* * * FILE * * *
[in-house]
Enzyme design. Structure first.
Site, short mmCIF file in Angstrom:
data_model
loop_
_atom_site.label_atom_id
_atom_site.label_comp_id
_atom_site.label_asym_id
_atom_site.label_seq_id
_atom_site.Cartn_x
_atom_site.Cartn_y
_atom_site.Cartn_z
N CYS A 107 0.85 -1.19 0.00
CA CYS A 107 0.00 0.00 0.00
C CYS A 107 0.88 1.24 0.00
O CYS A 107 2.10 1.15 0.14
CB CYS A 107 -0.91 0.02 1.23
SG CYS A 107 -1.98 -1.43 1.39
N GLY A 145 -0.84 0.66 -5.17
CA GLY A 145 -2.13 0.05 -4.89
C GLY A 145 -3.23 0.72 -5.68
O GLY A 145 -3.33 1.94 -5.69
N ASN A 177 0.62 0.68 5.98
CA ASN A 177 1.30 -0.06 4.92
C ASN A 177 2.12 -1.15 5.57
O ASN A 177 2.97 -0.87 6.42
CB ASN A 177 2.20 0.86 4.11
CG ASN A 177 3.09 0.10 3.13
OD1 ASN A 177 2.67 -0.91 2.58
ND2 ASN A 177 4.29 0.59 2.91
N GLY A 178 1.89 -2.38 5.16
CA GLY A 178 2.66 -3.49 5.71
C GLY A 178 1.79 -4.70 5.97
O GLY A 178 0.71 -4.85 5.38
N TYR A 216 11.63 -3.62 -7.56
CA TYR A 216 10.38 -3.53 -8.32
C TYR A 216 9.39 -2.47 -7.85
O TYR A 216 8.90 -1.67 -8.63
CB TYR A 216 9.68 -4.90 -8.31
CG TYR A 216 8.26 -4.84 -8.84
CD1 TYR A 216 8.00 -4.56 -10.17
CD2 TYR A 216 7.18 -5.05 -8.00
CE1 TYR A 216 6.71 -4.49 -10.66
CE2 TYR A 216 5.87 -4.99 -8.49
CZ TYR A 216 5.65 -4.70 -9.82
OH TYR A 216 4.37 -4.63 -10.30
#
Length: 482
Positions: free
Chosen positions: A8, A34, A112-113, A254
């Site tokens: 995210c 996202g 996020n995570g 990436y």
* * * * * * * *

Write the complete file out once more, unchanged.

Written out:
[in-house]
Enzyme design. Structure first.
Site, short mmCIF file in Angstrom:
data_model
loop_
_atom_site.label_atom_id
_atom_site.label_comp_id
_atom_site.label_asym_id
_atom_site.label_seq_id
_atom_site.Cartn_x
_atom_site.Cartn_y
_atom_site.Cartn_z
N CYS A 107 0.85 -1.19 0.00
CA CYS A 107 0.00 0.00 0.00
C CYS A 107 0.88 1.24 0.00
O CYS A 107 2.10 1.15 0.14
CB CYS A 107 -0.91 0.02 1.23
SG CYS A 107 -1.98 -1.43 1.39
N GLY A 145 -0.84 0.66 -5.17
CA GLY A 145 -2.13 0.05 -4.89
C GLY A 145 -3.23 0.72 -5.68
O GLY A 145 -3.33 1.94 -5.69
N ASN A 177 0.62 0.68 5.98
CA ASN A 177 1.30 -0.06 4.92
C ASN A 177 2.12 -1.15 5.57
O ASN A 177 2.97 -0.87 6.42
CB ASN A 177 2.20 0.86 4.11
CG ASN A 177 3.09 0.10 3.13
OD1 ASN A 177 2.67 -0.91 2.58
ND2 ASN A 177 4.29 0.59 2.91
N GLY A 178 1.89 -2.38 5.16
CA GLY A 178 2.66 -3.49 5.71
C GLY A 178 1.79 -4.70 5.97
O GLY A 178 0.71 -4.85 5.38
N TYR A 216 11.63 -3.62 -7.56
CA TYR A 216 10.38 -3.53 -8.32
C TYR A 216 9.39 -2.47 -7.85
O TYR A 216 8.90 -1.67 -8.63
CB TYR A 216 9.68 -4.90 -8.31
CG TYR A 216 8.26 -4.84 -8.84
CD1 TYR A 216 8.00 -4.56 -10.17
CD2 TYR A 216 7.18 -5.05 -8.00
CE1 TYR A 216 6.71 -4.49 -10.66
CE2 TYR A 216 5.87 -4.99 -8.49
CZ TYR A 216 5.65 -4.70 -9.82
OH TYR A 216 4.37 -4.63 -10.30
#
Length: 482
Positions: free
Chosen positions: A8, A34, A112-113, A254
């Site tokens: 995210c 996202g 996020n995570g 990436y």